Insider NFT trading — was that wrong?

In a famous episode of Seinfeld, George Constanza was confronted by his boss who said he had been informed that George had sex with the cleaning woman on the desk in his office. George replies: “Was that wrong? Should I have not have done that? I tell ya, I got to plead ignorance.”

This week, the NFT world faced a similar situation. It didn’t involve something as salacious as sex in the office, but instead, the apparent “insider trading” by OpenSea’s Head of Products Nate Chastain, who resigned after reportedly buying several NFTs at a lower price before they were featured by OpenSea and then selling them at higher prices. From the available public information, the value of profit from the sales appeared to be only several thousand dollars. For our prior summary of the incident, click here.

OpenSea opened a third-party investigation of the insider trading and announced “we have also implemented the following policies” against such practice:

  • OpenSea team members may not buy or sell from collections or creators while we are featuring or promoting them (e.g. on our home page); and 
  • OpenSea team members are prohibited from using confidential information to purchase or sell any NFTs, whether available on the OpenSea platform or not.

The reported purchases by Chastain would have violated these two company policies. But it’s unclear from OpenSea’s Sept. 15, 2001 blog post whether the policies were in place before Chastain’s reported purchases or in response to them. Artnews interprets the blog post as creating new policies for OpenSea in response to the sales. That seems to be the more natural reading.

So, assuming OpenSea’s policies are new and the company had no specific policies on the kind of “insider trading” reportedly engaged in by Chastain, why should he resign? To borrow George Constanza’s response, “Was that wrong?” Even further: “If anyone had said anything to me to me at all when I first started here that that sort of thing was frowned upon,” then maybe the transactions wouldn’t have ever happened.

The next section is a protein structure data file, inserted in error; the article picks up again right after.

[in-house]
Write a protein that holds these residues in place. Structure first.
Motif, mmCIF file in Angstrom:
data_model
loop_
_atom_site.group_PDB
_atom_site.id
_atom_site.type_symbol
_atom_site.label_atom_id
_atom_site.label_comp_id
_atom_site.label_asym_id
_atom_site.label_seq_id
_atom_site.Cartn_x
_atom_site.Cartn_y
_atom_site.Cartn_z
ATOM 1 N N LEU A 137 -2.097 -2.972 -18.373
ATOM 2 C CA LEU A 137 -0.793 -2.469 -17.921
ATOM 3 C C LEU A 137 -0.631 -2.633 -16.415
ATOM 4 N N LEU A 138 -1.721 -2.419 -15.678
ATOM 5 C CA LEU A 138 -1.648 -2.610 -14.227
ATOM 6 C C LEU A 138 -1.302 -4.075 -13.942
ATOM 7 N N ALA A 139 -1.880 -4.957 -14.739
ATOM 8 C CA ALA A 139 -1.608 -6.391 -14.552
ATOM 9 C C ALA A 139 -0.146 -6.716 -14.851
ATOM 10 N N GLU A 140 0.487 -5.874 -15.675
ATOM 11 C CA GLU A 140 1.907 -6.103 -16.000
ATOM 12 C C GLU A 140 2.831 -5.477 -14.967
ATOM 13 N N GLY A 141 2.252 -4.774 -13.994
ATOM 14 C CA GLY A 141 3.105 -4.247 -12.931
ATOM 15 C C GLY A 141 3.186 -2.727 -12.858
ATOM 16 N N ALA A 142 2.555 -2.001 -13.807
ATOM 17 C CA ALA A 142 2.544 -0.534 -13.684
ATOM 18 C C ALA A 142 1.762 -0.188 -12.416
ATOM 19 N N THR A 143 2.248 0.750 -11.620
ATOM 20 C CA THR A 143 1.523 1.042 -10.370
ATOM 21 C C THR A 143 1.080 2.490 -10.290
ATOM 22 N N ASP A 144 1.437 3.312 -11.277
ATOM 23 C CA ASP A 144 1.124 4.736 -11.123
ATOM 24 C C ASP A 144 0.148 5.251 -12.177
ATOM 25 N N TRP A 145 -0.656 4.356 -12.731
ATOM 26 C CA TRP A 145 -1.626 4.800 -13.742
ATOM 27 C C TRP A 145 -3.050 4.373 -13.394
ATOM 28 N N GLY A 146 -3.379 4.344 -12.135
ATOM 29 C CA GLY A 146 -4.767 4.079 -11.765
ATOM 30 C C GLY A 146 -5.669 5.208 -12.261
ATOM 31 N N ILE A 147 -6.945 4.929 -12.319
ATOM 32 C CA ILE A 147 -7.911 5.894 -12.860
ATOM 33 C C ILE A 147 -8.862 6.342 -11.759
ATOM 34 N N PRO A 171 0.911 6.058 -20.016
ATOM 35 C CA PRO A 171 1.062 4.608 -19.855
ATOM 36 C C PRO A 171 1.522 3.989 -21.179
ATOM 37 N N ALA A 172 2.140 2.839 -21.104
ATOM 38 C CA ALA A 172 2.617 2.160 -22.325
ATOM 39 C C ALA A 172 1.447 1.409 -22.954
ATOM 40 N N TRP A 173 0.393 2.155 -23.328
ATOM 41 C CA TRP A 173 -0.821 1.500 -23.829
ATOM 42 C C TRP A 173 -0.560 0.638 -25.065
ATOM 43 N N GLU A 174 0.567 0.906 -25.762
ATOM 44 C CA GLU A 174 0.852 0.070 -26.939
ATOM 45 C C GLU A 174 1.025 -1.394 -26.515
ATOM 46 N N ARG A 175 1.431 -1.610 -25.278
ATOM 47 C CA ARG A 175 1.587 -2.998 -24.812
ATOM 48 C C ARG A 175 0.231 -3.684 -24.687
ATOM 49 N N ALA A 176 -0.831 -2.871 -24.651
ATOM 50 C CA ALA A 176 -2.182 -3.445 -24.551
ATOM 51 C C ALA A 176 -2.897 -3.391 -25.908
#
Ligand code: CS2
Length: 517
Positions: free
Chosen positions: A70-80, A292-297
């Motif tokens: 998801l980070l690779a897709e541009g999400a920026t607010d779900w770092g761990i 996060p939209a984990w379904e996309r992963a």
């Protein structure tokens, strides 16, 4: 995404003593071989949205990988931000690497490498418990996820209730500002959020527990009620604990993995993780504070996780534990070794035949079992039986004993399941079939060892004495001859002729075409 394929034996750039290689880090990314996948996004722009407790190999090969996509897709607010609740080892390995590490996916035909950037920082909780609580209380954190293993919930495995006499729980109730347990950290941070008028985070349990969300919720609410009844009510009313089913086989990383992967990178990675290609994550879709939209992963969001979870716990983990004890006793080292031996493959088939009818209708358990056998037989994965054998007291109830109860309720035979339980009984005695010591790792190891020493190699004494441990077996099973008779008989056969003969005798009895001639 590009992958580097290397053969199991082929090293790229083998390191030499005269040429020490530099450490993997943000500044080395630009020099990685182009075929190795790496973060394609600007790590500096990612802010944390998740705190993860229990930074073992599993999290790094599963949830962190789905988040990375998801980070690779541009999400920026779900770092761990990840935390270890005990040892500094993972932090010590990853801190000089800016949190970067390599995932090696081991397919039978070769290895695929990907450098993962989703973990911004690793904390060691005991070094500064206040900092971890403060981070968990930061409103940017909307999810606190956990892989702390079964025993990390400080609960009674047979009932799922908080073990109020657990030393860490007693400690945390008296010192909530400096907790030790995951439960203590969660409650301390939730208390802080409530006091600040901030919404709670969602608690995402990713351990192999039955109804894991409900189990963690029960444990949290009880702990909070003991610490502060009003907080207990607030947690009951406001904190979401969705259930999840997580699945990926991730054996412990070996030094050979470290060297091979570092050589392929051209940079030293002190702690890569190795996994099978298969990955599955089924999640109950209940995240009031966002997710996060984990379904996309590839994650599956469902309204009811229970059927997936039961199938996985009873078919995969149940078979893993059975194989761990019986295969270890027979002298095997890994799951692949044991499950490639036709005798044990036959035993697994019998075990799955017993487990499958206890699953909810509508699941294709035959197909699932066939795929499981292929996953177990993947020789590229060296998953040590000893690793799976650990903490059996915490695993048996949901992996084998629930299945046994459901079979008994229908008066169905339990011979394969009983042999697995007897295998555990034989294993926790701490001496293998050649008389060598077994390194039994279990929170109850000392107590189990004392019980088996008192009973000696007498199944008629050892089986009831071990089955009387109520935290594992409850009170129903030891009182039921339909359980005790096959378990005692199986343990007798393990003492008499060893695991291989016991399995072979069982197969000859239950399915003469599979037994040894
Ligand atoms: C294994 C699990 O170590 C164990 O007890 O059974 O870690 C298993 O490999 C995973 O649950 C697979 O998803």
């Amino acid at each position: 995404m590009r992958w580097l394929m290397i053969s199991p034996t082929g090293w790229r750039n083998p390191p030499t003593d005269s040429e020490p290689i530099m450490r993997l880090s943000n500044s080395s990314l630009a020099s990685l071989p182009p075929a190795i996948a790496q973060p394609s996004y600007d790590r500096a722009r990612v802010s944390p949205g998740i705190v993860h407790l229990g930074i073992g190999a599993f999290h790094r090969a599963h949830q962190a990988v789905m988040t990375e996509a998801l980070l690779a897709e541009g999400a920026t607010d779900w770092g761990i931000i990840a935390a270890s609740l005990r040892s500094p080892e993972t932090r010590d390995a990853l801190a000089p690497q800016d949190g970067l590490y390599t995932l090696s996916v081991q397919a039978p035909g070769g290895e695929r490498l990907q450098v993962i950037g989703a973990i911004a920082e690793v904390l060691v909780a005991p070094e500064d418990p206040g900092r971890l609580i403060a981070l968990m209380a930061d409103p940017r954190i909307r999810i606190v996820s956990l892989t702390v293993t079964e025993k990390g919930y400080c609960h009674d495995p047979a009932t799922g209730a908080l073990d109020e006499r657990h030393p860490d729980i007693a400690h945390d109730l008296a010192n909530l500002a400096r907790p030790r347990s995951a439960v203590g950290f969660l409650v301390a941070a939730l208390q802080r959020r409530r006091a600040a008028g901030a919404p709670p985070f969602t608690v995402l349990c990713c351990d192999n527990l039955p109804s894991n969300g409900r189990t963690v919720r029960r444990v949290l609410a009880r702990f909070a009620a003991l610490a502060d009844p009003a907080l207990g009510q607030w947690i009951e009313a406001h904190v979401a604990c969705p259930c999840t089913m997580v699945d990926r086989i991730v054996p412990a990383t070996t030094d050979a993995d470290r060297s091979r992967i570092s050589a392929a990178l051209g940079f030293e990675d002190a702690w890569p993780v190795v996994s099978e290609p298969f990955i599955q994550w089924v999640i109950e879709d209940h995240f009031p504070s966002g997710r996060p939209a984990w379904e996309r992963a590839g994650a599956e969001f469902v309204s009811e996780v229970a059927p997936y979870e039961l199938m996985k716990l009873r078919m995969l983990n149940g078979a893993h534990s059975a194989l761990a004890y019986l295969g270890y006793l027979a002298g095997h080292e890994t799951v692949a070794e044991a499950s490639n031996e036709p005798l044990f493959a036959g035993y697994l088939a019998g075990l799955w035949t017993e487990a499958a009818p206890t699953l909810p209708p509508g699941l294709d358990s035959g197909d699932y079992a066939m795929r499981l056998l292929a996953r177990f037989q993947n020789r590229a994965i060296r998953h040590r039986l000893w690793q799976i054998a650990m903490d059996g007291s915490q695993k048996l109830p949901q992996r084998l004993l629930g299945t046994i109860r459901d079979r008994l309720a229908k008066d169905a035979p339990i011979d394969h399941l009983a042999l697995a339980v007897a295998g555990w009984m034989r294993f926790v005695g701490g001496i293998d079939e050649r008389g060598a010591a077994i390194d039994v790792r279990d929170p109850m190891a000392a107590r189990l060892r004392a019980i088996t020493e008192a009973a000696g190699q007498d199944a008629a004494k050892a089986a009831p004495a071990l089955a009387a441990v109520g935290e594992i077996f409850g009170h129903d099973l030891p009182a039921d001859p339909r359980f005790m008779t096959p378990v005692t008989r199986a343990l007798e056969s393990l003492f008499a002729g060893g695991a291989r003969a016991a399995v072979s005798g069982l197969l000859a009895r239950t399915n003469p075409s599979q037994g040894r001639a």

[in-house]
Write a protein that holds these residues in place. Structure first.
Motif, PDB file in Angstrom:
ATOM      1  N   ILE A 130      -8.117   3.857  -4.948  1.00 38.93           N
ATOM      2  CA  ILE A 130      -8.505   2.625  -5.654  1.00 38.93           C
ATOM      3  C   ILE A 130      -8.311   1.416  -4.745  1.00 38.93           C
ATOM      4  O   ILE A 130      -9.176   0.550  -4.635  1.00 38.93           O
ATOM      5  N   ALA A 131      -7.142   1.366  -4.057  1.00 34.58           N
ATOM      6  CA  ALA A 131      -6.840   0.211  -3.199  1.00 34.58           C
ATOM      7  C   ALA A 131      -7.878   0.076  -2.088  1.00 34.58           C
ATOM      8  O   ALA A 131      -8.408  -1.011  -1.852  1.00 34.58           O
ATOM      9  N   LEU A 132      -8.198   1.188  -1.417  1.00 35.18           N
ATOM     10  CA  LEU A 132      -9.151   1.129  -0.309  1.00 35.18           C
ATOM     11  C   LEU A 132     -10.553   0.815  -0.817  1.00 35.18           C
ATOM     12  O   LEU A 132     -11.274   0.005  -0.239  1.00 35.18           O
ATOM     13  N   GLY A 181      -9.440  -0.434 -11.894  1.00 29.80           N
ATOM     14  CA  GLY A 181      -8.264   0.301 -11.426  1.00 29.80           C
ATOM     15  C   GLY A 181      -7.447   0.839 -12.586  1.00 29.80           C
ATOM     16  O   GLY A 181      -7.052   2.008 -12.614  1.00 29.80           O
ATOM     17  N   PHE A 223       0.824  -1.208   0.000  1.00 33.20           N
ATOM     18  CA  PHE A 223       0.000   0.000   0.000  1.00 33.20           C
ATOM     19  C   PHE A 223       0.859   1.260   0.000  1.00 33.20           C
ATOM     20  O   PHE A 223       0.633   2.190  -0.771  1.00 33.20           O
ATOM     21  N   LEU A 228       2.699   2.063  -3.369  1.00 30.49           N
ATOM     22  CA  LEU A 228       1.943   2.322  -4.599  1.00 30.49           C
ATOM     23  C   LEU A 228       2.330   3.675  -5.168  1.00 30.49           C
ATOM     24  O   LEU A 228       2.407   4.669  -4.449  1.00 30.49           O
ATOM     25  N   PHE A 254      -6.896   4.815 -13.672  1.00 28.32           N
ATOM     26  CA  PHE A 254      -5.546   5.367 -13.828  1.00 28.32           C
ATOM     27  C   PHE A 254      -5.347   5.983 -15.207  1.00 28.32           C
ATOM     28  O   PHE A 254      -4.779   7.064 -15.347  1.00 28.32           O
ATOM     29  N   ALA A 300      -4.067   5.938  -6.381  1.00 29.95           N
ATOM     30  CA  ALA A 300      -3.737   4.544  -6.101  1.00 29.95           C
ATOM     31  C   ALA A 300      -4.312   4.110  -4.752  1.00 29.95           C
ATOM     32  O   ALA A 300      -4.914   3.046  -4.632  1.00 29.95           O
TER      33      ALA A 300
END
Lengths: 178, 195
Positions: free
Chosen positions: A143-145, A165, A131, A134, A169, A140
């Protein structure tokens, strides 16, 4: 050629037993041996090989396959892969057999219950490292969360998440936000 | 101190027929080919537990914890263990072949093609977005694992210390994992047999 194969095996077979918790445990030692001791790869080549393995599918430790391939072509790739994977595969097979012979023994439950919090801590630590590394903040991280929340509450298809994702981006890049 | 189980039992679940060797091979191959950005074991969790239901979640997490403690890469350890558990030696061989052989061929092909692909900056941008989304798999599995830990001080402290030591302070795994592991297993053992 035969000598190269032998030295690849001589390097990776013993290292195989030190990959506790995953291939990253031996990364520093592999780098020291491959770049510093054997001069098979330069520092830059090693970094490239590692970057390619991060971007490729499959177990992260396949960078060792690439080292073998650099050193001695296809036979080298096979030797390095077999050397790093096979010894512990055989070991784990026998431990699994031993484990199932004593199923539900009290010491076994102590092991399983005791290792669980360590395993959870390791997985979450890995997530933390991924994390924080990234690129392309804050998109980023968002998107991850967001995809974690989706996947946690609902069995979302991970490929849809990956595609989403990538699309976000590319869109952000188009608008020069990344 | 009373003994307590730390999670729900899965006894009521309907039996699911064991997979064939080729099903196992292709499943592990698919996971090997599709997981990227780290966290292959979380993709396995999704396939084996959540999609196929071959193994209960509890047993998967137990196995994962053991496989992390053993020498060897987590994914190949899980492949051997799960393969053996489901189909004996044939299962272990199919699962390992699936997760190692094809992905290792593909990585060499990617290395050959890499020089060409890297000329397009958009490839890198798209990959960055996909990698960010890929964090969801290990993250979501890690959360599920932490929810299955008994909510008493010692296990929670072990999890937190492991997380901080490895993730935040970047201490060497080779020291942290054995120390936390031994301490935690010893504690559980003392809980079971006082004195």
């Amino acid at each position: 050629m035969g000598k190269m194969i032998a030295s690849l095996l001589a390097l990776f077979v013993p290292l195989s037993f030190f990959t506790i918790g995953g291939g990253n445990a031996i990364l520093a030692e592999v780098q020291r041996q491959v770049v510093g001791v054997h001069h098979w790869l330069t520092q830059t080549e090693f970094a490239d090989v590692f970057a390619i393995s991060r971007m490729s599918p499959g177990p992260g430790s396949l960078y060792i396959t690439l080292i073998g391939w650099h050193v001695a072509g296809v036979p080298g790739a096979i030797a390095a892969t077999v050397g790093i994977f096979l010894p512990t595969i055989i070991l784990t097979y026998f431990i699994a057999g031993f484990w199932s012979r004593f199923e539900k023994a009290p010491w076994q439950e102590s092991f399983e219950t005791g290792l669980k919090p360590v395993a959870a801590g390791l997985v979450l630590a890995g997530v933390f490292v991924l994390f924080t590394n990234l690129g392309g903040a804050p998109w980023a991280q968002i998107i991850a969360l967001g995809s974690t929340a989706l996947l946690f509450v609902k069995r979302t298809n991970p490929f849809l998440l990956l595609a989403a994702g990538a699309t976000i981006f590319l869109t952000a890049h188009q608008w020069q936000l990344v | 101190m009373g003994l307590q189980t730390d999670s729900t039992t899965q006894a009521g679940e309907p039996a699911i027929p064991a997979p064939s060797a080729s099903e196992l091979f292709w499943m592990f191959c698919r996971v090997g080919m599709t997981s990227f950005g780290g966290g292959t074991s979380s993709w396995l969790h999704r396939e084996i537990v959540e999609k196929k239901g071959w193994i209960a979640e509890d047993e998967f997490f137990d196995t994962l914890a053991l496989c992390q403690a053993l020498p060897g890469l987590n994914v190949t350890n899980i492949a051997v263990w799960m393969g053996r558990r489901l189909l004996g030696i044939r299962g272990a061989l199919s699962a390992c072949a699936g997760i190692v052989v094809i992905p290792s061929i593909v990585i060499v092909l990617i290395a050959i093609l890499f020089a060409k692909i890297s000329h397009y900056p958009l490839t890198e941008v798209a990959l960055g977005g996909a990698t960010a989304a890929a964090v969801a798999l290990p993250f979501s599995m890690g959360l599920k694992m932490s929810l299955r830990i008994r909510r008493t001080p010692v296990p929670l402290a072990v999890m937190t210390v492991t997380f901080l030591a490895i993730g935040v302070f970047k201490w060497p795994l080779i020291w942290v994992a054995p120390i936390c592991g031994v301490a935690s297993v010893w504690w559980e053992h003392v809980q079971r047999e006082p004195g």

This is not to disagree with OpenSea’s new policies, which are necessary and sensible to ensure fairness to consumers. But the ethical rules (much less, legal rules) regarding sales of NFTs by platform employees are unclear. The NFT marketplace is still in its infancy. Federal securities laws do not apply to it. Even the concept of “insider trading” from federal securities laws is a bit off. Here, the transactions did not involve the purchase or sale of stock or other securities of a public company. OpenSea is a platform for third-parties to sell their NFTs. True, the company does earn a commission of 2.5% on each sale. But an auction house is probably a closer analogy to what OpenSea does. (Sotheby’s and Christie’s have also been selling NFTs for big money!) To our knowledge, no federal law prohibits auction house employees from bidding on art sold in an auction, even if to drive up the price! Whether it’s unethical or not is a different story. (For more on the practice of house bidding for online auctions, check out this story.)

It’s important to recognize that federal securities insider trading laws are not a perfect fit. Assuming Chastain was an insider of the company, he wasn’t using inside information to buy stock of the company before the price went up. From the press accounts, he did apparently turn a small profit from the quick resale of NFTs he reportedly purchased. But it’s also important to recognize that the third-party creator of the NFTs also benefited from the sales to Chastain (and possibly to others through the resale royalty option on OpenSea), a fact that makes it somewhat different from the sale of stocks by an insider of a company. Anil Dash (@anildash) is one of the few people we’ve found who is staunchly defending the practice of employees buying NFTs if it helps the creators. He likens it to some employee of Etsy buying a featured product on Etsy, to the benefit of the artist.

Dash does have a point, but he misses the quick resale of NFTs reportedly made for a profit by Chastain. It’s one thing to support creators. It’s another thing to profit by buying low and selling high based on insider information from the company that ordinary consumers lack. Should employees of NFT platforms be allowed to do that?

We think not. First, such insider NFT trading can easily devolve into artificial price manipulation and speculation by an NFT company. Company employees can just buy every NFT before it is prominently featured by the company and then sell it at higher prices when the company features it. Other buyers might not realize the company’s own employees are the ones actually selling the NFTs on the featured page–and might view the offer for sale much differently if they did know. Second, this kind of NFT insider trading creates really bad incentives for employees to engage in self-dealing to profit from sales of NFTs promoted by the company. The ordinary consumer loses out.

To return to Chastain, was a resignation the proper fate? Impossible to say without all the relevant facts. The reported use of secret or pseudonymous accounts suggests at least some sneakiness by Chastain. But, if this was a first offense and if the company’s policy at the time was unclear, we think perhaps a lesser penalty might suffice (e.g., disgorgement of the profits or offer of refunds to the buyers).